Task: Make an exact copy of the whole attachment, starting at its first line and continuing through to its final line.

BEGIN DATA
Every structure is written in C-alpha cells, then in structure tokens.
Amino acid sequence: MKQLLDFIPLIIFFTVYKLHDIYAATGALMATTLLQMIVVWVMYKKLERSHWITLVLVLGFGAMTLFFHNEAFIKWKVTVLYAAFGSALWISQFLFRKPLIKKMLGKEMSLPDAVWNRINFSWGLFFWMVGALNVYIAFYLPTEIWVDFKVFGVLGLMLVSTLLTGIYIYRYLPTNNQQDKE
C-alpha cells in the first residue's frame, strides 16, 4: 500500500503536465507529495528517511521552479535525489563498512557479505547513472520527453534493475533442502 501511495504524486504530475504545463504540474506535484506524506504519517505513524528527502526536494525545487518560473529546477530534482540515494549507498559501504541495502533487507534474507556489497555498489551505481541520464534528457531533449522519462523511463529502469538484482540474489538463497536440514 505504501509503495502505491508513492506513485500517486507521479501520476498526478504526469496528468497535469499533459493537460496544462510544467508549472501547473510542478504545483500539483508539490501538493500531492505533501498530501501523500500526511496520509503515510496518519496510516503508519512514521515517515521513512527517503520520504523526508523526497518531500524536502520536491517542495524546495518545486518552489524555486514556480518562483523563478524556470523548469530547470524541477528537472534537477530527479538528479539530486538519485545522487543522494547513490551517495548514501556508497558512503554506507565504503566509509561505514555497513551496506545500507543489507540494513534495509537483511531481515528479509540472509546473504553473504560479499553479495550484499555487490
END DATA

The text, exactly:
Every structure is written in C-alpha cells, then in structure tokens.
Amino acid sequence: MKQLLDFIPLIIFFTVYKLHDIYAATGALMATTLLQMIVVWVMYKKLERSHWITLVLVLGFGAMTLFFHNEAFIKWKVTVLYAAFGSALWISQFLFRKPLIKKMLGKEMSLPDAVWNRINFSWGLFFWMVGALNVYIAFYLPTEIWVDFKVFGVLGLMLVSTLLTGIYIYRYLPTNNQQDKE
C-alpha cells in the first residue's frame, strides 16, 4: 500500500503536465507529495528517511521552479535525489563498512557479505547513472520527453534493475533442502 501511495504524486504530475504545463504540474506535484506524506504519517505513524528527502526536494525545487518560473529546477530534482540515494549507498559501504541495502533487507534474507556489497555498489551505481541520464534528457531533449522519462523511463529502469538484482540474489538463497536440514 505504501509503495502505491508513492506513485500517486507521479501520476498526478504526469496528468497535469499533459493537460496544462510544467508549472501547473510542478504545483500539483508539490501538493500531492505533501498530501501523500500526511496520509503515510496518519496510516503508519512514521515517515521513512527517503520520504523526508523526497518531500524536502520536491517542495524546495518545486518552489524555486514556480518562483523563478524556470523548469530547470524541477528537472534537477530527479538528479539530486538519485545522487543522494547513490551517495548514501556508497558512503554506507565504503566509509561505514555497513551496506545500507543489507540494513534495509537483511531481515528479509540472509546473504553473504560479499553479495550484499555487490